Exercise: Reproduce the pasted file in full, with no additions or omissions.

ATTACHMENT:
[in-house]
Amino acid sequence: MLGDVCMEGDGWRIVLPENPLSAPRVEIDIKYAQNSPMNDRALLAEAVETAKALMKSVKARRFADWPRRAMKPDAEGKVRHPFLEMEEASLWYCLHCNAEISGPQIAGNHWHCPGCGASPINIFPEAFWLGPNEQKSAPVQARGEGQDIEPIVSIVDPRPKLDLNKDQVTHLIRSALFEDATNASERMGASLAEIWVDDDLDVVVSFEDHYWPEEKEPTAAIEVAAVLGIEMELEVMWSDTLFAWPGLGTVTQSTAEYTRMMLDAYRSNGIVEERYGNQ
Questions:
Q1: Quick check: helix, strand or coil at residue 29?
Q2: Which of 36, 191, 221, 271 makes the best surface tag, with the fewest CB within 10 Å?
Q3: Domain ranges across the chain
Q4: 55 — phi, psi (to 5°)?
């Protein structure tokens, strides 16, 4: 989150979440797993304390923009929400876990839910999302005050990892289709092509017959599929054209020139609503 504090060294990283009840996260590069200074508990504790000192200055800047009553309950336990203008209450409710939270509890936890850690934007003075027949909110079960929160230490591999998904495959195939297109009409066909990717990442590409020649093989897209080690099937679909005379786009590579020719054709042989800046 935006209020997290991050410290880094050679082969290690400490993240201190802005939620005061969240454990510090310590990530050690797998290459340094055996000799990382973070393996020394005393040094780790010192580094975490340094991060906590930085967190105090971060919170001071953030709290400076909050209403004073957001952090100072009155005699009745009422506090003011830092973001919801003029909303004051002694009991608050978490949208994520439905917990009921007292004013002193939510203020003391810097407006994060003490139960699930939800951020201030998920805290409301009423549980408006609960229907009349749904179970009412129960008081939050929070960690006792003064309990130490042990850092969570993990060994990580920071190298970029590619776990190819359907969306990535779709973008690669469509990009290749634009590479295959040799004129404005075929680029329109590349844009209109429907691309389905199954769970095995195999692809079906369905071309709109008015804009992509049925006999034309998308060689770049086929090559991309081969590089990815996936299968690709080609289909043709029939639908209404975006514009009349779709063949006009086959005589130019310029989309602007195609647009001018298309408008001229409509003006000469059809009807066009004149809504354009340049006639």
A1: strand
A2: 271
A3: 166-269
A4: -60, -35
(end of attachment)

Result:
[in-house]
Amino acid sequence: MLGDVCMEGDGWRIVLPENPLSAPRVEIDIKYAQNSPMNDRALLAEAVETAKALMKSVKARRFADWPRRAMKPDAEGKVRHPFLEMEEASLWYCLHCNAEISGPQIAGNHWHCPGCGASPINIFPEAFWLGPNEQKSAPVQARGEGQDIEPIVSIVDPRPKLDLNKDQVTHLIRSALFEDATNASERMGASLAEIWVDDDLDVVVSFEDHYWPEEKEPTAAIEVAAVLGIEMELEVMWSDTLFAWPGLGTVTQSTAEYTRMMLDAYRSNGIVEERYGNQ
Questions:
Q1: Quick check: helix, strand or coil at residue 29?
Q2: Which of 36, 191, 221, 271 makes the best surface tag, with the fewest CB within 10 Å?
Q3: Domain ranges across the chain
Q4: 55 — phi, psi (to 5°)?
């Protein structure tokens, strides 16, 4: 989150979440797993304390923009929400876990839910999302005050990892289709092509017959599929054209020139609503 504090060294990283009840996260590069200074508990504790000192200055800047009553309950336990203008209450409710939270509890936890850690934007003075027949909110079960929160230490591999998904495959195939297109009409066909990717990442590409020649093989897209080690099937679909005379786009590579020719054709042989800046 935006209020997290991050410290880094050679082969290690400490993240201190802005939620005061969240454990510090310590990530050690797998290459340094055996000799990382973070393996020394005393040094780790010192580094975490340094991060906590930085967190105090971060919170001071953030709290400076909050209403004073957001952090100072009155005699009745009422506090003011830092973001919801003029909303004051002694009991608050978490949208994520439905917990009921007292004013002193939510203020003391810097407006994060003490139960699930939800951020201030998920805290409301009423549980408006609960229907009349749904179970009412129960008081939050929070960690006792003064309990130490042990850092969570993990060994990580920071190298970029590619776990190819359907969306990535779709973008690669469509990009290749634009590479295959040799004129404005075929680029329109590349844009209109429907691309389905199954769970095995195999692809079906369905071309709109008015804009992509049925006999034309998308060689770049086929090559991309081969590089990815996936299968690709080609289909043709029939639908209404975006514009009349779709063949006009086959005589130019310029989309602007195609647009001018298309408008001229409509003006000469059809009807066009004149809504354009340049006639």
A1: strand
A2: 271
A3: 166-269
A4: -60, -35